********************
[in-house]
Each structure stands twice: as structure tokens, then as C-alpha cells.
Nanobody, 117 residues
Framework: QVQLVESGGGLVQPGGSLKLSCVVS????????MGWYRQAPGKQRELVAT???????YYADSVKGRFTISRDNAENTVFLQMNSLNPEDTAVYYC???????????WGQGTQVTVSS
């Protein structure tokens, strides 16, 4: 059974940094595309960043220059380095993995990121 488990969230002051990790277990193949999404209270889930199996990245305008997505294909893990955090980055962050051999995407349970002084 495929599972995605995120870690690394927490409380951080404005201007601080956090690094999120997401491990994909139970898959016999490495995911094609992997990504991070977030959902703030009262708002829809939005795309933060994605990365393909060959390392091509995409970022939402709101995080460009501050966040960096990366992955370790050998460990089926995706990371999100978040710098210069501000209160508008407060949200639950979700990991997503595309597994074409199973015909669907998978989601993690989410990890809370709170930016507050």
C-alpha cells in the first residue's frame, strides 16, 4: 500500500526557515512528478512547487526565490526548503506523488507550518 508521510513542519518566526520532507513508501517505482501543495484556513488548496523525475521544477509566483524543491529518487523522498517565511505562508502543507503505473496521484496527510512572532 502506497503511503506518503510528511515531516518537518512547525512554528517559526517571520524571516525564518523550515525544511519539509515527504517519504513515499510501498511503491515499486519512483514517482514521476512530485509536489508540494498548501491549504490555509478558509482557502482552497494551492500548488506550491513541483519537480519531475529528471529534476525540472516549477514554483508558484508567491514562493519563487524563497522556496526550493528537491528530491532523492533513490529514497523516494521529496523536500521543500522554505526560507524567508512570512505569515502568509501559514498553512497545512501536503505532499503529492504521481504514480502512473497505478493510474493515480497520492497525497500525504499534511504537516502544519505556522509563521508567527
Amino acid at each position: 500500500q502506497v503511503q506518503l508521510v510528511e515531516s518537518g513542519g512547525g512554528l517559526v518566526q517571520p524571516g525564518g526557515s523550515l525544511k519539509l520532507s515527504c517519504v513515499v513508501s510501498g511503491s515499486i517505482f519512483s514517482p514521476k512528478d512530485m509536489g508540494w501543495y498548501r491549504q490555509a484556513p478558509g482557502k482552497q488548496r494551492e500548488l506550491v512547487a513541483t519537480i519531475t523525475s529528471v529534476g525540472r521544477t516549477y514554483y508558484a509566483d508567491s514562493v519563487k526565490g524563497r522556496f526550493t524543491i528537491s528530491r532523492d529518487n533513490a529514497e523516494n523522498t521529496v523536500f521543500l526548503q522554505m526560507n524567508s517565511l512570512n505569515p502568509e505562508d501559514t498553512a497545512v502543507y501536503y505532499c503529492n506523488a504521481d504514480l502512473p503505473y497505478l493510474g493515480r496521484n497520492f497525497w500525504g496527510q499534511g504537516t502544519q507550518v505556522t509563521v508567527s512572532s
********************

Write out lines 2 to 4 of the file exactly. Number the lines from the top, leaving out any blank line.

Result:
Each structure stands twice: as structure tokens, then as C-alpha cells.
Nanobody, 117 residues
Framework: QVQLVESGGGLVQPGGSLKLSCVVS????????MGWYRQAPGKQRELVAT???????YYADSVKGRFTISRDNAENTVFLQMNSLNPEDTAVYYC???????????WGQGTQVTVSS